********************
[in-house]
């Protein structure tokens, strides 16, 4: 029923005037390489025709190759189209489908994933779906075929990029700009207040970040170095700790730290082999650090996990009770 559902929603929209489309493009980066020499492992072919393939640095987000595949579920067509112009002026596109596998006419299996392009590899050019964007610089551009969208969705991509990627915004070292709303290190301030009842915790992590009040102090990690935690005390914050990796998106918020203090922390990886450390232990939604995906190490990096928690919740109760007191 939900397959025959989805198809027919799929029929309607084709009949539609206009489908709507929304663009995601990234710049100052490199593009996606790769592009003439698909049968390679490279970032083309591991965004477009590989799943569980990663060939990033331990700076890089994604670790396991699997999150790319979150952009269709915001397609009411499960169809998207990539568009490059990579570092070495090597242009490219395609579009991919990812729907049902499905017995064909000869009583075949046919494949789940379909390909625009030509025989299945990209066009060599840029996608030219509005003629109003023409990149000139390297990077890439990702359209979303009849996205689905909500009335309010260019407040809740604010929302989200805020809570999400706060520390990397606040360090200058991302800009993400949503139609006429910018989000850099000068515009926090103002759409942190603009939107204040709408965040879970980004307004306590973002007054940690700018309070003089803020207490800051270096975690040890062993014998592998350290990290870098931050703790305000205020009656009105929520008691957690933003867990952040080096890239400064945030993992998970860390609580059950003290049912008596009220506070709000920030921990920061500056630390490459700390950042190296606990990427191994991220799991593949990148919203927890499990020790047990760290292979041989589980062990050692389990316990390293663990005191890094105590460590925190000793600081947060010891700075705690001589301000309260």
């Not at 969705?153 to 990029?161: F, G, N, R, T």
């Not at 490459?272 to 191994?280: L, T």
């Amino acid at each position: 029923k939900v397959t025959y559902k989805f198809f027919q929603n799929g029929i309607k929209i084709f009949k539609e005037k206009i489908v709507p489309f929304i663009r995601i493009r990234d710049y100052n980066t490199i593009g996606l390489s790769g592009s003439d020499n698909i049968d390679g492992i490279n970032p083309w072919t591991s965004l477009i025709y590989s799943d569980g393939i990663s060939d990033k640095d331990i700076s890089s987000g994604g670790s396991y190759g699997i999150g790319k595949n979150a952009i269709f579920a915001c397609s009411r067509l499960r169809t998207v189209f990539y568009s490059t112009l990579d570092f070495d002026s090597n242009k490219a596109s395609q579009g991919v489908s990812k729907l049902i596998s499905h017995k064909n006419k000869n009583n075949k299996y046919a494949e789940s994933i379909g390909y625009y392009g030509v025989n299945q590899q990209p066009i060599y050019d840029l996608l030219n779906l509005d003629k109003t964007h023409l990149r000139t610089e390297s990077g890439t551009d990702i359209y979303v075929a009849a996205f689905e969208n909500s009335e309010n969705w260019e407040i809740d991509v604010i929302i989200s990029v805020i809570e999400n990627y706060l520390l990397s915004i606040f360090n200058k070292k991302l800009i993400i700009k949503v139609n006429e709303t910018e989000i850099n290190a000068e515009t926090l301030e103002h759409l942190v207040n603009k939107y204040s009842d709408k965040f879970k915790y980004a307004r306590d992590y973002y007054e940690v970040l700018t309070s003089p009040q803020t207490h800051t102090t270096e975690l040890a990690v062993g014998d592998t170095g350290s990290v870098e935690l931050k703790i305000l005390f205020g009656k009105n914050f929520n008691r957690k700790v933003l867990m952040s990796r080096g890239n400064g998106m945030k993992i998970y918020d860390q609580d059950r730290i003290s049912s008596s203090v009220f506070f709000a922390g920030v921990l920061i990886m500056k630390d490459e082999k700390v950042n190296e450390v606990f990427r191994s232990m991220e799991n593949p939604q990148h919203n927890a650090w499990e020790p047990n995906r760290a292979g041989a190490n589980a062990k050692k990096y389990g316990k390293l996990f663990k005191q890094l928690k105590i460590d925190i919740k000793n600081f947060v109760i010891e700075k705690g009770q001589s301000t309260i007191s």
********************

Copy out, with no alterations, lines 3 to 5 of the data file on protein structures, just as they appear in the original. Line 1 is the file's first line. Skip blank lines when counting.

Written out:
């Not at 969705?153 to 990029?161: F, G, N, R, T």
């Not at 490459?272 to 191994?280: L, T």
């Amino acid at each position: 029923k939900v397959t025959y559902k989805f198809f027919q929603n799929g029929i309607k929209i084709f009949k539609e005037k206009i489908v709507p489309f929304i663009r995601i493009r990234d710049y100052n980066t490199i593009g996606l390489s790769g592009s003439d020499n698909i049968d390679g492992i490279n970032p083309w072919t591991s965004l477009i025709y590989s799943d569980g393939i990663s060939d990033k640095d331990i700076s890089s987000g994604g670790s396991y190759g699997i999150g790319k595949n979150a952009i269709f579920a915001c397609s009411r067509l499960r169809t998207v189209f990539y568009s490059t112009l990579d570092f070495d002026s090597n242009k490219a596109s395609q579009g991919v489908s990812k729907l049902i596998s499905h017995k064909n006419k000869n009583n075949k299996y046919a494949e789940s994933i379909g390909y625009y392009g030509v025989n299945q590899q990209p066009i060599y050019d840029l996608l030219n779906l509005d003629k109003t964007h023409l990149r000139t610089e390297s990077g890439t551009d990702i359209y979303v075929a009849a996205f689905e969208n909500s009335e309010n969705w260019e407040i809740d991509v604010i929302i989200s990029v805020i809570e999400n990627y706060l520390l990397s915004i606040f360090n200058k070292k991302l800009i993400i700009k949503v139609n006429e709303t910018e989000i850099n290190a000068e515009t926090l301030e103002h759409l942190v207040n603009k939107y204040s009842d709408k965040f879970k915790y980004a307004r306590d992590y973002y007054e940690v970040l700018t309070s003089p009040q803020t207490h800051t102090t270096e975690l040890a990690v062993g014998d592998t170095g350290s990290v870098e935690l931050k703790i305000l005390f205020g009656k009105n914050f929520n008691r957690k700790v933003l867990m952040s990796r080096g890239n400064g998106m945030k993992i998970y918020d860390q609580d059950r730290i003290s049912s008596s203090v009220f506070f709000a922390g920030v921990l920061i990886m500056k630390d490459e082999k700390v950042n190296e450390v606990f990427r191994s232990m991220e799991n593949p939604q990148h919203n927890a650090w499990e020790p047990n995906r760290a292979g041989a190490n589980a062990k050692k990096y389990g316990k390293l996990f663990k005191q890094l928690k105590i460590d925190i919740k000793n600081f947060v109760i010891e700075k705690g009770q001589s301000t309260i007191s």